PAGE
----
From the viewpoint of the employer, remote workers may seem like they are more productive and working longer hours. However, managers must be aware of the risks associated with increased employee anxiety. Otherwise, the productivity gains won’t be long-lasting. It’s no secret that prolonged anxiety can reduce job satisfaction, decrease work performance, and negatively affect interpersonal relationships with colleagues.[4]

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3. Despite everything, We Love Remote Work

An overwhelming majority—97 percent—of Buffer report’s survey respondents say they would like to continue working remotely to some extent. The two main benefits mentioned by the respondents are the ability to have a flexible schedule and the flexibility to work from anywhere.

McKinsey’s report found that more than half of employees would like their workplace to adopt a more flexible hybrid virtual-working model, with some days of work on-premises and some days working remotely. To be more exact, more than half of employees report that they would like at least three work-from-home days a week once the pandemic is over.

Companies will increasingly be forced to find ways to satisfy these workforce demands while implementing policies to minimize the risks associated with overworking and burnout. Smart companies will embrace this new trend and realize that adopting hybrid models can also be a win for them—for example, for accessing talent in different locations and at a lower cost.

Remote Work: Blessing or Plight?

Understandably, workers worldwide are tempted to keep the good work-life aspects that have come out of the pandemic—professional flexibility, fewer commutes, and extra time with family. But with the once strict boundaries between work and life fading, we must remain cautious. We try to squeeze in house chores during breaks. We do online meetings from the kitchen or the same couch we watch TV shows from, and many of us report difficulties switching off after work.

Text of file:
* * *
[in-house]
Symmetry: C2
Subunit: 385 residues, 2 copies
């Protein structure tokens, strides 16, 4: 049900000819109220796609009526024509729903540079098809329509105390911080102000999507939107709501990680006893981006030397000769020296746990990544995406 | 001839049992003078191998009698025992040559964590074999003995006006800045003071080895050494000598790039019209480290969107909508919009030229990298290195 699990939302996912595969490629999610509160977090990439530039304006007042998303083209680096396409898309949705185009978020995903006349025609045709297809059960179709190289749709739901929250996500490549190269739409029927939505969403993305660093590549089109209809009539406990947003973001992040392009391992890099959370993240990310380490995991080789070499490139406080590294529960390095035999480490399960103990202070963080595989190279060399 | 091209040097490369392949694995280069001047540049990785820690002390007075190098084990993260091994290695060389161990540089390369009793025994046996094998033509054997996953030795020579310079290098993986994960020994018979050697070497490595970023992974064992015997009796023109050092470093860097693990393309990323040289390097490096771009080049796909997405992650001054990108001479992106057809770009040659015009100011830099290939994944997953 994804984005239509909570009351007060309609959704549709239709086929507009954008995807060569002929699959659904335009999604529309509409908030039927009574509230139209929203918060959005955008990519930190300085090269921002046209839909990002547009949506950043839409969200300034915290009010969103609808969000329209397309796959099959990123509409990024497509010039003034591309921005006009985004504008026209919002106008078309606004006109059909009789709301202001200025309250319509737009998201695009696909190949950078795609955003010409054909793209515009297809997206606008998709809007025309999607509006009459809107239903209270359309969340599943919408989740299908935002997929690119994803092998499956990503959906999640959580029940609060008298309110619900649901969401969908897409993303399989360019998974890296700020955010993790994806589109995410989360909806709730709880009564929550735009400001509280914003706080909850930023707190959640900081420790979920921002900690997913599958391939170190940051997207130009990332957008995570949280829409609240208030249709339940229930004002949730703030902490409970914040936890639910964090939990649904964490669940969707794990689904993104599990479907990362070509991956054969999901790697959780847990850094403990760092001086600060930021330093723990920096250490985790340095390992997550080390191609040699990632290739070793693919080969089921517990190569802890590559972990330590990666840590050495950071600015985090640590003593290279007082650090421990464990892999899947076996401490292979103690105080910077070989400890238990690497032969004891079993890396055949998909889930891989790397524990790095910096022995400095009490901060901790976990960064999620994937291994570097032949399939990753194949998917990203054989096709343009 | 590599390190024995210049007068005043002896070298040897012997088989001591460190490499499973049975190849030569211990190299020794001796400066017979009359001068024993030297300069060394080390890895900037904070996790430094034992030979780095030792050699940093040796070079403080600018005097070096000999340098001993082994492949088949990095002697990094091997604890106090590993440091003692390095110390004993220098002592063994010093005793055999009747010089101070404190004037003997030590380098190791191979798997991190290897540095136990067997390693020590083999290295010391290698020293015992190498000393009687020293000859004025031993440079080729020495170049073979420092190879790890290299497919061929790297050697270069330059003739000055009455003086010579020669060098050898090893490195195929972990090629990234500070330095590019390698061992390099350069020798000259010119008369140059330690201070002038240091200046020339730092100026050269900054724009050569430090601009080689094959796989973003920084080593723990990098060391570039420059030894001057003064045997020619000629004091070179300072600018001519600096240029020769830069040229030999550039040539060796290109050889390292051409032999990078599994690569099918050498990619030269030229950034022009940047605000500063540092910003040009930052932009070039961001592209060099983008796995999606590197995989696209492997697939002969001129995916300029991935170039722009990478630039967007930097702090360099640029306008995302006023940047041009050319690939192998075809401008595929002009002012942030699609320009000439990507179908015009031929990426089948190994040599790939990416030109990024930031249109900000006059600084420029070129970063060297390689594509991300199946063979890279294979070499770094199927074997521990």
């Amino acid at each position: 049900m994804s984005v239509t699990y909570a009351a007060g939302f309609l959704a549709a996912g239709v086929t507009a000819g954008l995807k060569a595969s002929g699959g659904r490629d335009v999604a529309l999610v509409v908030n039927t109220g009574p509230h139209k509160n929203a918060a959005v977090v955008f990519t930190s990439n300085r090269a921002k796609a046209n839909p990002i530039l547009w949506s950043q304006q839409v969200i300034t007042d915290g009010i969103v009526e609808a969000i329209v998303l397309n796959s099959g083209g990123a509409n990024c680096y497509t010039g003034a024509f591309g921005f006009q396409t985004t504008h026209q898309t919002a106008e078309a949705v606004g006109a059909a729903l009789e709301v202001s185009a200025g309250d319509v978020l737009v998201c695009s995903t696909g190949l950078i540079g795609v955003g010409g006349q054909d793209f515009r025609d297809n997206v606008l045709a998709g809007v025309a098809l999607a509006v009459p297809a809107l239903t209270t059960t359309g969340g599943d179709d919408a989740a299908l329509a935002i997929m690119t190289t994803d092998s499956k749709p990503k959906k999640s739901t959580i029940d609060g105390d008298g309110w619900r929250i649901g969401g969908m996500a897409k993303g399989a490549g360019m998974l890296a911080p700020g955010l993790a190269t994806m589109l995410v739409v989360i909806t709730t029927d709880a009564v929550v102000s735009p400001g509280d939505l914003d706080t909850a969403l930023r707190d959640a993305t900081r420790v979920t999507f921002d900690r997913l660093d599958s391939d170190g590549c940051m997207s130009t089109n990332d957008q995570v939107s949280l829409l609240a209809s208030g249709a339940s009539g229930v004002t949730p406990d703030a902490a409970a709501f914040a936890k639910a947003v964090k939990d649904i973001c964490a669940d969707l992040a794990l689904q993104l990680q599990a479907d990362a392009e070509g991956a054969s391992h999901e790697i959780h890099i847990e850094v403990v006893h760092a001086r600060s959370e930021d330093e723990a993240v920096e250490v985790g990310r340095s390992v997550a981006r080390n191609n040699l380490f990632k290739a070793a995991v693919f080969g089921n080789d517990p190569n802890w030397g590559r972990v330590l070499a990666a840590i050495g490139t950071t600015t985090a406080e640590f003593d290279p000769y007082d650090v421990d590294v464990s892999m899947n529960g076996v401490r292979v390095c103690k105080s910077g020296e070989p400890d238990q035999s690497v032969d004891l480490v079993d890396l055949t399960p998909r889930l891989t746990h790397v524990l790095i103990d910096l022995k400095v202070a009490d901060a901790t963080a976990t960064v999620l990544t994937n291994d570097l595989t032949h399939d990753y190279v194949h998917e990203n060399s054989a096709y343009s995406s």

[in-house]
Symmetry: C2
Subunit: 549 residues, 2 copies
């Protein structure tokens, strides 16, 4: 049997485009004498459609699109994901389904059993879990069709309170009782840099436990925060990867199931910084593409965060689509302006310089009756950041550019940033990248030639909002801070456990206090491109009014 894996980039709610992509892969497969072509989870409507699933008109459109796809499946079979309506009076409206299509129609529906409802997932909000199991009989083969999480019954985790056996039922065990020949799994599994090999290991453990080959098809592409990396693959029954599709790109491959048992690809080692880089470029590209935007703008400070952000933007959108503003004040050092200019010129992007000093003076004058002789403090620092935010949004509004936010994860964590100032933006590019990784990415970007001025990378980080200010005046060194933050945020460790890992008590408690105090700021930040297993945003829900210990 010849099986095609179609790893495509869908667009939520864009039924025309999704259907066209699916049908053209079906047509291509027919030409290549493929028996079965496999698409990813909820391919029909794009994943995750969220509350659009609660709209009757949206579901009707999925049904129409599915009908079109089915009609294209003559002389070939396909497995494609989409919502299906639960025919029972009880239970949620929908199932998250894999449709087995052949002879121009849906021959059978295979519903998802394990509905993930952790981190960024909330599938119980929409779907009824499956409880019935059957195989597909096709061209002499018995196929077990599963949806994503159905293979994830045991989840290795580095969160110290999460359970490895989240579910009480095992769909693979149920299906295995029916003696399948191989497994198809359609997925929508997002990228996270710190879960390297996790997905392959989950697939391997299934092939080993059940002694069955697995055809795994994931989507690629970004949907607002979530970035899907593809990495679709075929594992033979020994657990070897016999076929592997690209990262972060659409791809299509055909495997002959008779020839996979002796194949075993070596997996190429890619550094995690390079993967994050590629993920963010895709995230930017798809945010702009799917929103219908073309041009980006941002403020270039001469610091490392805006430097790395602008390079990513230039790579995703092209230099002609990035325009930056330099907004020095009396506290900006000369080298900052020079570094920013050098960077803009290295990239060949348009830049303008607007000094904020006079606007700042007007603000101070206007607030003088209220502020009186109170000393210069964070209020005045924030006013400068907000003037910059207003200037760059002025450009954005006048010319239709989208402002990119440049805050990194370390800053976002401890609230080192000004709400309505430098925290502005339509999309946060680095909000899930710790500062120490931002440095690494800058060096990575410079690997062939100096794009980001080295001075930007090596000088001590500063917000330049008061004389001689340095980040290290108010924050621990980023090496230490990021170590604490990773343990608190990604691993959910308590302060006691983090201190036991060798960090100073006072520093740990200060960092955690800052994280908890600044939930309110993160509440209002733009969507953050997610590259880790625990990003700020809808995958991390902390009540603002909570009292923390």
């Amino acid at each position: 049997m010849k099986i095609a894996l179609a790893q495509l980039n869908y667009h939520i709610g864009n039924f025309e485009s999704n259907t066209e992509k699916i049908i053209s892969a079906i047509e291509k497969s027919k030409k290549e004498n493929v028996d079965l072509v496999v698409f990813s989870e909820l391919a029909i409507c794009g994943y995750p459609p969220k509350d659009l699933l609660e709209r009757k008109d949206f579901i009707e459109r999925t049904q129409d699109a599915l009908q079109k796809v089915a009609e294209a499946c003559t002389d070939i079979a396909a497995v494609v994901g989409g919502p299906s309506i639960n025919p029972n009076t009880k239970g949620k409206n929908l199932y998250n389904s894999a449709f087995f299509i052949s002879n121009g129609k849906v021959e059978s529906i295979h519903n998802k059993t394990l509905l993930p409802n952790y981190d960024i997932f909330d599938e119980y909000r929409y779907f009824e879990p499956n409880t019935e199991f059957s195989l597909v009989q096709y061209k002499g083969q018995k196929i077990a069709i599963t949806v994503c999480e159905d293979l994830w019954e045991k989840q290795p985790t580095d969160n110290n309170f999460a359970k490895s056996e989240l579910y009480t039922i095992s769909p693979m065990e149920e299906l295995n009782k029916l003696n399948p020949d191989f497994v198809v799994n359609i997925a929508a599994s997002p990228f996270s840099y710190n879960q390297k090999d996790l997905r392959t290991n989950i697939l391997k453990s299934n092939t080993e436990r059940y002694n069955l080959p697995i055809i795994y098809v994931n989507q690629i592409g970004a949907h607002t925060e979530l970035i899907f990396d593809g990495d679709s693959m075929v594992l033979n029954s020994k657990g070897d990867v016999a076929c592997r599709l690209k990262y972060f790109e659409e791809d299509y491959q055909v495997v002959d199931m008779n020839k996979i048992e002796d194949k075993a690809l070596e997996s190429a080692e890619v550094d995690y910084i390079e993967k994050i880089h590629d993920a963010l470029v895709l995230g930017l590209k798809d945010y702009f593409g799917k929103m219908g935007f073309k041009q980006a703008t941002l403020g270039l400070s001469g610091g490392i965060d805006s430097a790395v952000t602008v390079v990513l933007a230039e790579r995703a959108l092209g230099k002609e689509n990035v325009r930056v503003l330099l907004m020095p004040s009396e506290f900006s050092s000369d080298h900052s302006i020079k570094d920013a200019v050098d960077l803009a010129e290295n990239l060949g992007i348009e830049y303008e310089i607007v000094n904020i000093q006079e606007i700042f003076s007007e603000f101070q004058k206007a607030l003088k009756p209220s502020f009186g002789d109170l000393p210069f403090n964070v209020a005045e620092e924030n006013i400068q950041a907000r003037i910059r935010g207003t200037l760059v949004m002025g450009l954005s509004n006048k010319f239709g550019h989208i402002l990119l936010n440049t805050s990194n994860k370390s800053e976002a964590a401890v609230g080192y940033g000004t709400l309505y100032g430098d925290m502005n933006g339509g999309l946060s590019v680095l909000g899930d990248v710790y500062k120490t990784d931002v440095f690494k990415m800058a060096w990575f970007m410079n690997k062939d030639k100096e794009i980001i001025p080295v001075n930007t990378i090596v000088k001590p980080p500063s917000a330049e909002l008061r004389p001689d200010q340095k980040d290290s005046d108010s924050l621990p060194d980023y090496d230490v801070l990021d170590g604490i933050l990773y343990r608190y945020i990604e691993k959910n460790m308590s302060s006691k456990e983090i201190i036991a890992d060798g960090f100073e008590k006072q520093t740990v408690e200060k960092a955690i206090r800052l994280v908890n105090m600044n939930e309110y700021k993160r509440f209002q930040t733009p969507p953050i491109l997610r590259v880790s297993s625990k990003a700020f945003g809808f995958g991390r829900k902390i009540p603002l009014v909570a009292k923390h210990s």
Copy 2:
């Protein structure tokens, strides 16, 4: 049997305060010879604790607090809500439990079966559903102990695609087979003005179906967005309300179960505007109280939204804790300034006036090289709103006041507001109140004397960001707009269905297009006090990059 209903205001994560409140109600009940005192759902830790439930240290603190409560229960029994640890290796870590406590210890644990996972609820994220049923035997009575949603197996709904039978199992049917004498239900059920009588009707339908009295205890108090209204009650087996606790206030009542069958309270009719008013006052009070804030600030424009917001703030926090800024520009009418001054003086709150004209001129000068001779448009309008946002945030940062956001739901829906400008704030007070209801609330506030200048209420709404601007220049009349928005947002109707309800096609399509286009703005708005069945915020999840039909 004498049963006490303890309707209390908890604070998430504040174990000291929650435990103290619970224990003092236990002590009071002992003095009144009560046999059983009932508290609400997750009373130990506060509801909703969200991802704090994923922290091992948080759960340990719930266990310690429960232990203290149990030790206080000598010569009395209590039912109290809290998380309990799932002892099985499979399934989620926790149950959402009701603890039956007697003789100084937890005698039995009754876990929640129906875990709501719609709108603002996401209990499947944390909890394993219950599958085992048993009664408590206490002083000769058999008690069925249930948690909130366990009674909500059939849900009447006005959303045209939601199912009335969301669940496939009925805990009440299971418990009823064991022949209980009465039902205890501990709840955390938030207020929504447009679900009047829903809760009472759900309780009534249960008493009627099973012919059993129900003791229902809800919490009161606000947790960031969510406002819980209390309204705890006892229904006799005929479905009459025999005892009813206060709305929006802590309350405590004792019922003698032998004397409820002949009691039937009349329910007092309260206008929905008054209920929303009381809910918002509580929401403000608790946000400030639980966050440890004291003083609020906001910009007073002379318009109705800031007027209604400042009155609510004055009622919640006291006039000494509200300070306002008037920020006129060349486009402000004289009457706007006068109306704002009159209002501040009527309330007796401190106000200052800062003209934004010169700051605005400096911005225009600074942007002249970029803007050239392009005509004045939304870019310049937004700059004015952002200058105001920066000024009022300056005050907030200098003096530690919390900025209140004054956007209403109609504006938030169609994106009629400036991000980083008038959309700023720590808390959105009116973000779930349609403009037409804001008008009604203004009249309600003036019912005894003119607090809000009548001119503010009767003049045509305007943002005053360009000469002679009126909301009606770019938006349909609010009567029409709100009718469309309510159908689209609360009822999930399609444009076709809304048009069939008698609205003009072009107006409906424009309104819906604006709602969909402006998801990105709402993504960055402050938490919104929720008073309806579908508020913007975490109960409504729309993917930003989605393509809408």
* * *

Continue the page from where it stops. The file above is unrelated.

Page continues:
So, how do we keep our private and professional lives from hopelessly blending together?

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The answer is that we try to replicate the physical and virtual boundaries that come naturally in an office setting. This doesn’t only mean having a dedicated workspace but also tracking your work time and stopping when your working hours are finished. In addition, it means working breaks into your schedule because watercooler chats don’t just naturally happen at home.

If necessary, we need to introduce new rituals that resemble a normal office day—for example, going for a walk around the block in the morning to simulate “arriving at work.” Remote work is here to stay. If we want to enjoy the advantages it offers, then we need to learn how to cope with the personal challenges that come with it.

Learn how to stay productive while working remotely with these tips: How to Work From Home: 10 Tips to Stay Productive

Featured photo credit: Jenny Ueberberg via unsplash.com

Reference